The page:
Parenting

Helping Kids Deal With Tragedy

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We are going to talk about some psychological ideas and tips for helping children deal with tragedy. In the wake of the Boston Marathon bombing, where many children were affected, it’s important to create a safe space to help your kids process what happened, as is the case after any tragedy. Here is a good, simple list pulled from an infographic on Pinterest .

 

-Turn off the T.V.
-Tell them that they are safe
-Share feelings
-Listen
-Draw or write
-Talk and hug
-Focus on the helpers
-Tell the truth (appropriate for age)
(Source)

Probably the single most important consideration to keep in mind is that a tragedy like this makes us feel powerless, and kids are already powerless and dependent in almost every conceivable way. This state of affairs might not always seem fair but one thing that is implicitly promised is that adults know what’s best for them and will keep them safe.

This is one reason why tragedies, especially those that involve injuries and deaths to children, can rock kids to their core and result in some really painful symptoms that remain largely unconscious if they are not processed adequately. Most kids don’t really have the vocabulary or developmental maturity to voice the existential concept of powerlessness but it’s still an experiential reality for them.

The simple act of turning off the television is a good start. It shows your children that you consider what happened to be important. You convey to them that it’s okay to be worried, emotional, or whatever they are feeling. Remember not to try to put feelings into them but to let them feel and express whatever is already there. Reassuring them they are safe is important because like we talked about one of the implicit deals in being a child is that adults will keep them out of harm’s way. .

Also depending on their developmental stage, most kids will be incapable of conceptualizing how rare an event like this actually is. What they know is that it happened in the U.S. and it could happen to them. It’s always a good policy to just be honest and frank. Say that we can’t always avoid tragedies in life but the chances of another bomb going off near them are tinier than an ant.

It’s okay for you to share how you are feeling if you’re having a hard time pulling anything out of your child. I recommend going the powerless route. You can say how much it scared you to think about losing the people you love and not being able to do anything to stop it. But follow your heart and let them know how you are really feeling, always keeping in the background that they are safe now. The event is in the past and cannot harm them. You really can’t say this enough times, especially if your child is in elementary school, and it’s better to say it too many times than too few.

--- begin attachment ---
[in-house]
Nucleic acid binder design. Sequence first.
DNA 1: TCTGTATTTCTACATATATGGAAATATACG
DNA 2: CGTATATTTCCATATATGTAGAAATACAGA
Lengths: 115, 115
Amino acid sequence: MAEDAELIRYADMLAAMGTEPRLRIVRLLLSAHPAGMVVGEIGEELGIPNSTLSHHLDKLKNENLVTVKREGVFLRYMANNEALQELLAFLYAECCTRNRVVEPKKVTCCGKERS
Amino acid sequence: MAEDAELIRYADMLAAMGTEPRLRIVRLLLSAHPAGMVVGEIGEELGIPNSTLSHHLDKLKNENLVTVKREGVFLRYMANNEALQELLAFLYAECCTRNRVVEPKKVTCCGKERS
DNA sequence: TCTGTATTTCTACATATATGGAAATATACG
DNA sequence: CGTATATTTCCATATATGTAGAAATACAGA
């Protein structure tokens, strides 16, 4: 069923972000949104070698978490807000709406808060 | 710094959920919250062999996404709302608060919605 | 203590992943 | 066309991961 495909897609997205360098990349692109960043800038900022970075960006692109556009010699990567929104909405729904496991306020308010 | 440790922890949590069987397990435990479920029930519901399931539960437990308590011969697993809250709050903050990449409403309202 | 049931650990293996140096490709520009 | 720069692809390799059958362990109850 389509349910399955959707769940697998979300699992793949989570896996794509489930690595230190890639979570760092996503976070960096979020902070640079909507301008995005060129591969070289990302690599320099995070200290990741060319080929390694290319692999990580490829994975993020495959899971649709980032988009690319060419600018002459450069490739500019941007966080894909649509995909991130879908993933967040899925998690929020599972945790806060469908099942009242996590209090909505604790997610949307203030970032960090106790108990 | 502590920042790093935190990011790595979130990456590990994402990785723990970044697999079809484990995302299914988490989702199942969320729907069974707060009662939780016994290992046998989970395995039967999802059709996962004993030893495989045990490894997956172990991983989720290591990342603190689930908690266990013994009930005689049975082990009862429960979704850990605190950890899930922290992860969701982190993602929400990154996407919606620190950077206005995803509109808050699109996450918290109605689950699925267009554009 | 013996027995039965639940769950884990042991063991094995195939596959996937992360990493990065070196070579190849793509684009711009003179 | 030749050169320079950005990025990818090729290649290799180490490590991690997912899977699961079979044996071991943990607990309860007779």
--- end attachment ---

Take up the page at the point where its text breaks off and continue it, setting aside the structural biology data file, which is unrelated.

I have done art therapy with kids of all ages and it’s a great way to help them access thoughts and emotions that aren’t readily available through language while honoring their experience and encouraging creativity. The most important ingredient to make it work is your curiosity. Make sure your child has a wide array of colors to choose from. Delve into the details of the picture, realizing that no detail is too small and what you might consider unimportant could be of vital importance. Focus on facial features of characters in the drawing and let your child tell you a story about the various objects. Also focus on colors and ask them about which colors go with which emotions. The idea is to not consider it a static picture but a living, breathing narrative that can grow and change. Depending on the creativity of your child it can turn into a full picture book that tells the story of what he or she experienced or the fictional story of what others have experienced in the last few days.

Don’t forget to hug your kids and tell them you love them. The silver lining of any tragedy is that it’s a palpable opportunity to move closer together as a family, reevaluating your priorities and remembering what is truly important. Focusing on all of the helpers like doctors, paramedics, and the community at large is a way to remind them of all the good there is in the world.

Greetings I'm Michael, the owner of Evolution Counseling and the author of all the articles on this site. I got my master's degree from Seattle University in community mental heath counseling and have committed myself to advancing my knowledge of psychology and to evolving my own philosophical system ever since. In addition to the content on this site I offer online coaching using Skype. If you'd like to learn more about it click on the online coaching tab or if you think you'd like to set up a session send me an email at evolve@evolutioncounseling.com.

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